Peruvian Inca Orchid
(aka: Peruvian Hairless Dog, PIO, Moonflower Dog, Perro Flora, Inca Hairless Dog)
The Peruvian Inca Orchid has dark round eyes that tend to squint in the sunlight due to over sensitivity. The lips are wrinkled and the think, leathery ears sometimes have wisps of hair. Hair grows on the top of the head. Some are born coated with hair in the same litter as the hairless PIO. The skin is soft and pliable. It can be heavily mottled in any color, in any combination with a pink background, or it can be solid colored.
Peruvian Inca Orchid Temperment
For the right owner the Peruvian Inca Orchid is an exotic treat. Their skin requires special care (see grooming). Quick witted, calm and intelligent. They are usually good with children and get along with other dogs.
The fact that this breed does not have hair does not mean that its skin requires no care. The skin must be protected as much as possible from the sun. A good sunscreen should be used if the dog is going to be out in the sun. People who show these dogs scrub them regularly to remove dead skin and to keep the skin soft by using special exfoliating creams intended for use by humans. If you do not plan to show your PIO and the dog is in a normal environment, it is best to not soften the skin as it makes the skin tear more easily. It is most important to keep the skin supple and smooth and to prevent it from becoming dry. Using a lotion or cream or, sometimes, rubbing it with oil is recommended. Bathe these dogs regularly with a gentle soap. The fragile skin is susceptible to sunburn, drying irritation and tears from other dogs, cats and objects. This is a very clean breed with no doggie odor and no fleas. The hairless PIO is ideal for allergy sufferers because there is no hair to shed. The coated variety has hair all over the body and does shed, but not much coat care is required. Regular brushing is required.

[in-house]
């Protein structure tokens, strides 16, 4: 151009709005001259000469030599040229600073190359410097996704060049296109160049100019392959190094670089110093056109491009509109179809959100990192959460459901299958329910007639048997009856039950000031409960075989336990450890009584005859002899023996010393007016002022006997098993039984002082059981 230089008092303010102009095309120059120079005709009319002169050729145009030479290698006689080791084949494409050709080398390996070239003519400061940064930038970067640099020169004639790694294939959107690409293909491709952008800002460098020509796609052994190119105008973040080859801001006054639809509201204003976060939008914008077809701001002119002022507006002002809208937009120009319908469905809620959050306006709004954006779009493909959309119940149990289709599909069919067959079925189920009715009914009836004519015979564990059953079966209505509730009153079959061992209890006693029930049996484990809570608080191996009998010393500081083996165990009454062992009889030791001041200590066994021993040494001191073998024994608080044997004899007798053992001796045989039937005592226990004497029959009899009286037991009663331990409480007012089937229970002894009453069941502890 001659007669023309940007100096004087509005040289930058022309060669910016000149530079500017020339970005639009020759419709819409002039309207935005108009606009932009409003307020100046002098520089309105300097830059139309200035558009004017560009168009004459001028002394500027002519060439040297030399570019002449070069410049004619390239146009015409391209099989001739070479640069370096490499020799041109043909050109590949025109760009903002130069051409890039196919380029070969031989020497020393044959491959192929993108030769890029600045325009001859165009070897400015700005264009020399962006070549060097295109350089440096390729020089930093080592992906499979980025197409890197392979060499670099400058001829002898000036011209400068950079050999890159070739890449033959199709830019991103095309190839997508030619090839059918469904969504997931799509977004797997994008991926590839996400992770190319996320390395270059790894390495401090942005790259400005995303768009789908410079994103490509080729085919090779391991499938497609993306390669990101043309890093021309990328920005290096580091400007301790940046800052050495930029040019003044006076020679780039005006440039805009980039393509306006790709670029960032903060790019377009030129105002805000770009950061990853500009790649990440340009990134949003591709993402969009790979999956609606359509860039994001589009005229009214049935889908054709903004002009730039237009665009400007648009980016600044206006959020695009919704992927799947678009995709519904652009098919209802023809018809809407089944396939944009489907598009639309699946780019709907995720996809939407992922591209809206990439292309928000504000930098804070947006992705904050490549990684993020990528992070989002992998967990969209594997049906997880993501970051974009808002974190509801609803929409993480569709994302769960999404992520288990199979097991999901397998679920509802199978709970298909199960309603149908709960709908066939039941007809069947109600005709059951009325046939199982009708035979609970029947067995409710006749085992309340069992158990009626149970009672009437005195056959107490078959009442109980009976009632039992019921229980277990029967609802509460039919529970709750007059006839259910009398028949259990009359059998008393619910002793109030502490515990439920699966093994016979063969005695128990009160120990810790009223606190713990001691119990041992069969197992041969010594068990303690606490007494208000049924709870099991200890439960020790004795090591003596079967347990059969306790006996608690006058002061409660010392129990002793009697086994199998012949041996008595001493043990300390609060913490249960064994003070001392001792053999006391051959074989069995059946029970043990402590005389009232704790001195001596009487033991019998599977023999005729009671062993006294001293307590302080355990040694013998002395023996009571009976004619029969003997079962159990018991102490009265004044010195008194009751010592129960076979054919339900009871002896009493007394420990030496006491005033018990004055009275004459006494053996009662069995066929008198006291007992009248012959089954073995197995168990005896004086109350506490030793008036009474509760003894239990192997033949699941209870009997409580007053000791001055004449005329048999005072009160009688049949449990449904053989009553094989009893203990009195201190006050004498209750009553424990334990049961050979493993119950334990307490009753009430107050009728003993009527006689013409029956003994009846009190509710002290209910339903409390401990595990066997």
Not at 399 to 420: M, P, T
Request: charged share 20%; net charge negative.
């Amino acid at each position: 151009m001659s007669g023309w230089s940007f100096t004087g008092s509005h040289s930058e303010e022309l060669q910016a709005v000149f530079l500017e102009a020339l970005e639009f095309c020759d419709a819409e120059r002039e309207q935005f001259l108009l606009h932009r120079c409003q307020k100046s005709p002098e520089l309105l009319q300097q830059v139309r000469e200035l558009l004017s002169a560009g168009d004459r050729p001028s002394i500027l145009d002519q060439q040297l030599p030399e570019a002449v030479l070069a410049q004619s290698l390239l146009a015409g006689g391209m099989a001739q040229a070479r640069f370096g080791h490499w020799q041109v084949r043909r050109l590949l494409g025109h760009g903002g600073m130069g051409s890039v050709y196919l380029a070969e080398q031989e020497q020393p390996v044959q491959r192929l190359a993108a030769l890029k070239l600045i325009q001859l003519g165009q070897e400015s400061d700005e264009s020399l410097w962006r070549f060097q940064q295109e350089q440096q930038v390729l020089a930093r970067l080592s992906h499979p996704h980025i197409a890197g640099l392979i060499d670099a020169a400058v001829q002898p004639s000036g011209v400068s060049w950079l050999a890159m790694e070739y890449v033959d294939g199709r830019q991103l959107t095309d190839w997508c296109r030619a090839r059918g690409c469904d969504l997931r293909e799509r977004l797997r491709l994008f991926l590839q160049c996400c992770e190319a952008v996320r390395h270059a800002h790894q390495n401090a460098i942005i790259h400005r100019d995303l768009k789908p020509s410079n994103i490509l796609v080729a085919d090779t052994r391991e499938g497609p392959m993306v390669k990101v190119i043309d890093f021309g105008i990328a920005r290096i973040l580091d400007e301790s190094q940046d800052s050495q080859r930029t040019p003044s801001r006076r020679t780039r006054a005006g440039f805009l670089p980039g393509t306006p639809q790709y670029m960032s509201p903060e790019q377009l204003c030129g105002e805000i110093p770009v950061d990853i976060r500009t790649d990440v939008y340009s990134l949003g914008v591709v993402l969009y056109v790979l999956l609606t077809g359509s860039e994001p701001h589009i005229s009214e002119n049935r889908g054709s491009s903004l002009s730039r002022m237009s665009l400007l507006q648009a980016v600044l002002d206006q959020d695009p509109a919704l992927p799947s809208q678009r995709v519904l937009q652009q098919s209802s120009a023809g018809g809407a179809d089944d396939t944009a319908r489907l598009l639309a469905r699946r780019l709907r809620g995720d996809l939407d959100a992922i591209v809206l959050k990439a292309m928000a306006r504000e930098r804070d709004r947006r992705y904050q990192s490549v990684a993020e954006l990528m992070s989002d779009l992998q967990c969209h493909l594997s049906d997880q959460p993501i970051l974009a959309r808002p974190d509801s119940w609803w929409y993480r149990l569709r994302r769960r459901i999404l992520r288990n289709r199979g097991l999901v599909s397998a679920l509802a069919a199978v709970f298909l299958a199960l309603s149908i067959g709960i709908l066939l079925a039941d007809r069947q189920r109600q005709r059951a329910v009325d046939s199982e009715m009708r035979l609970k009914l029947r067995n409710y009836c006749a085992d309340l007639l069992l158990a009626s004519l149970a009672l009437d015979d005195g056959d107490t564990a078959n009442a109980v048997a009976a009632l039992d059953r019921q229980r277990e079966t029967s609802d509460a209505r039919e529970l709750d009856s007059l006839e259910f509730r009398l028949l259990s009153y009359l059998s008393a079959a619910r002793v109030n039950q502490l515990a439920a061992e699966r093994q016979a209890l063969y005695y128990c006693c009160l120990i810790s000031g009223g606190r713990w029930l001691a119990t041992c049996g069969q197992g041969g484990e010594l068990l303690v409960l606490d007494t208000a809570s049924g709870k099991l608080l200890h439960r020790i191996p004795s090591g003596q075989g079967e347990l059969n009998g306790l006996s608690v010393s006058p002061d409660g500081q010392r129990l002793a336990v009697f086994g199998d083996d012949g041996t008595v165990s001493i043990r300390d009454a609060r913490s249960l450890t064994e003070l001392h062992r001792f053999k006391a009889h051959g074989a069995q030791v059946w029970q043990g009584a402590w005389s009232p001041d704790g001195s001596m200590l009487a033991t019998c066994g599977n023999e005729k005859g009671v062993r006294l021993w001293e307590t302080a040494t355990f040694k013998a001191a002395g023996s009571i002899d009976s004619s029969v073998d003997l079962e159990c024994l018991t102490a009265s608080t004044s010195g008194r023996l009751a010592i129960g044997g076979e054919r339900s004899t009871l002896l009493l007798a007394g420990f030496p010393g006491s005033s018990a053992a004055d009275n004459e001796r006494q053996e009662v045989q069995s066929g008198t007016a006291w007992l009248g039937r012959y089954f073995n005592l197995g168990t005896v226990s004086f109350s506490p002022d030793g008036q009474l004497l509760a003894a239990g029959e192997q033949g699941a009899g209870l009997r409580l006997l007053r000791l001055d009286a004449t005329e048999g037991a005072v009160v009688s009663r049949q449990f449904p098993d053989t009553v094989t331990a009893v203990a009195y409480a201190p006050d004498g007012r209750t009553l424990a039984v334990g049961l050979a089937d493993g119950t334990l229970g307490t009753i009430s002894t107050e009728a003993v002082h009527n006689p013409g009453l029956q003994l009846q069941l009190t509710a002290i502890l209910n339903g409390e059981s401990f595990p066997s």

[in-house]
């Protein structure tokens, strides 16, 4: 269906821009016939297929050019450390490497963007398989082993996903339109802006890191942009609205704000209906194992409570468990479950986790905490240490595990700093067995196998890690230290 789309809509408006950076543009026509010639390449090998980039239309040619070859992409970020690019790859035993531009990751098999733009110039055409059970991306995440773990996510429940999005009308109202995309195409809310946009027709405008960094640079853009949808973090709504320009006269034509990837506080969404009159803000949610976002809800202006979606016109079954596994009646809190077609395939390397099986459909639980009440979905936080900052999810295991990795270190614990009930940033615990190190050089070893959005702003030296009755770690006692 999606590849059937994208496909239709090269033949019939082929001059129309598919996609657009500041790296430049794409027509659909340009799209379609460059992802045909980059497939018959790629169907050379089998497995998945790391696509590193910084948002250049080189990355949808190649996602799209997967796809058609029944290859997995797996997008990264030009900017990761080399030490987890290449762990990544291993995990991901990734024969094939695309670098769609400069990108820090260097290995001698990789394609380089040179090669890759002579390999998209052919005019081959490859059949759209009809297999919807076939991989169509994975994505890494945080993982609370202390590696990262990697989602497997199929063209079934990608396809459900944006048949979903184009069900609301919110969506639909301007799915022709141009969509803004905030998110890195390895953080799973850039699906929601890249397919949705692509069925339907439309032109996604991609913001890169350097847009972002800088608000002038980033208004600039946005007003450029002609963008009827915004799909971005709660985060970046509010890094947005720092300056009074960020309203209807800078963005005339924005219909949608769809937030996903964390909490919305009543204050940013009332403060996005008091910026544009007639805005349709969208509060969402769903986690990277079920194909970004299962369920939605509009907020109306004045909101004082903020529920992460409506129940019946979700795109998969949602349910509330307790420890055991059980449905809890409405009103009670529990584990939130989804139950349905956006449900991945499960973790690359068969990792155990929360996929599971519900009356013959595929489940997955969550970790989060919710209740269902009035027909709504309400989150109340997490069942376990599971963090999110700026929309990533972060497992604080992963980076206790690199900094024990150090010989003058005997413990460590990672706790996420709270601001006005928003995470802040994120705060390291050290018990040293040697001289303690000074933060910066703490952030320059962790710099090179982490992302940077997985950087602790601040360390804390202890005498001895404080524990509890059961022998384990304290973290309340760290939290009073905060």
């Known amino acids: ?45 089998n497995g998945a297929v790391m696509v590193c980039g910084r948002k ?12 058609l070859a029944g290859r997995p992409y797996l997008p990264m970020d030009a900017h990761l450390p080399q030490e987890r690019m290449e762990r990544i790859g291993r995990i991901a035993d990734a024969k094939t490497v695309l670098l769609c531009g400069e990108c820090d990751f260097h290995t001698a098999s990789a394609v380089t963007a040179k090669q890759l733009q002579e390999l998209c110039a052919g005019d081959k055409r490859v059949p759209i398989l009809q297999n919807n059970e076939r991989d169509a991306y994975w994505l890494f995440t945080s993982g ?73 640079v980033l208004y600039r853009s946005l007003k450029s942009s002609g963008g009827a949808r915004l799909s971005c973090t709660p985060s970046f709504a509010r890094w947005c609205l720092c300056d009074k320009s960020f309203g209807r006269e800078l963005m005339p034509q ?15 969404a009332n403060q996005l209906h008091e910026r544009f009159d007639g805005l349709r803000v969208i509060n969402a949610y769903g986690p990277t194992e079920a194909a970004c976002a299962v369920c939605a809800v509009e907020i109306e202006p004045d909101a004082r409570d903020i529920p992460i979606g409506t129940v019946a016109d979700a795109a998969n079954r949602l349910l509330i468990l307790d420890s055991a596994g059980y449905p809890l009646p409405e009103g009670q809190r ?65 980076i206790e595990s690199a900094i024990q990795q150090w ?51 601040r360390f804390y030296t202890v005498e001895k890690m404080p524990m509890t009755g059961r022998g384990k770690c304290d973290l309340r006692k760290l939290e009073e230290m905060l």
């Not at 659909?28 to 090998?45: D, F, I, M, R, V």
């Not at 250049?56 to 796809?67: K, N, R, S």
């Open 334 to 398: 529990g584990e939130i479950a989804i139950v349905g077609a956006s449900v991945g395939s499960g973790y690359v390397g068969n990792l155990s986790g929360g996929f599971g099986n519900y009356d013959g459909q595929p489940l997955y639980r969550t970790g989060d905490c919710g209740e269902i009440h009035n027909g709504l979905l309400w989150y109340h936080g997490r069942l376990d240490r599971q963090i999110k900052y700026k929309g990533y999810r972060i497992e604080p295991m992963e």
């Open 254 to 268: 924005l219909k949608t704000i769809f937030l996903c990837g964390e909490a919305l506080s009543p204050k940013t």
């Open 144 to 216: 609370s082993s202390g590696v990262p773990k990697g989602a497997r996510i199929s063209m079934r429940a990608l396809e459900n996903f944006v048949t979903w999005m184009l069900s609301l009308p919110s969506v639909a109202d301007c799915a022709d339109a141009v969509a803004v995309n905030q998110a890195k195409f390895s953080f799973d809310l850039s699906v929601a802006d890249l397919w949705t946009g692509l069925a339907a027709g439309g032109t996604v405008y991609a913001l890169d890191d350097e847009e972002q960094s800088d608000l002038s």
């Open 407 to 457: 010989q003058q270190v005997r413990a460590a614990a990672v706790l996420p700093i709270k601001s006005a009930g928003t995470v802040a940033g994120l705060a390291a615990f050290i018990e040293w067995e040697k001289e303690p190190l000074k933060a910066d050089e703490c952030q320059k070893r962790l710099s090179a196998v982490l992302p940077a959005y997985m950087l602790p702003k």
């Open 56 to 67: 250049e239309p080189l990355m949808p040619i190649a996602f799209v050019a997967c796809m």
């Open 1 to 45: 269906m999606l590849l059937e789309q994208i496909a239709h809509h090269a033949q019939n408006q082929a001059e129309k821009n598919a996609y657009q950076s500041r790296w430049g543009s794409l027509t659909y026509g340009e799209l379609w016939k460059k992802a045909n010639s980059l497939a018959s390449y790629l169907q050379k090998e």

The Peruvian Inca Orchid originated from Peru. Spanish explorers coma upon this breed in the homes of the Inca nobility when they first entered Peru in the early 1500's. ALL the PIO in the US go back to fewer than a dozen dogs imported a long time ago, so it's a VERY tight gene pool... hence the cookie-cutter look (which is considerably different from the current dogs being imported from Peru.) There have been a few Perro sin Pelo del Peru brought to the US in the last 5 years or so. In Peru the Peruvian Inca Orchid is known as the "Calato", a Quechua word that means "Naked". The full name would be "Al'co Calato" (naked dog), but no one seems to use that name. The Spanish carried the dogs to China as gifts, and they may be the origin of the Chinese Crested breed.
Early socialization is required. Peruvian Inca Orchid's do not respond to harsh or heavy-handed methods. Training must be done with kindness and consistency. The Peruvian Inca Orchid is highly obedient and quick to learn.
The Peruvian Inca Orchid is prone to skin and teeth problems. They are very sensitive to toxins and care should be taken in use of insecticides. Insecticides are absorbed through the skin, and body fat keeps these toxins from entering the liver too quickly. Since these dogs have very low body fat, toxins are absorbed too quickly and cause severe damage to the nervous system and GI tract.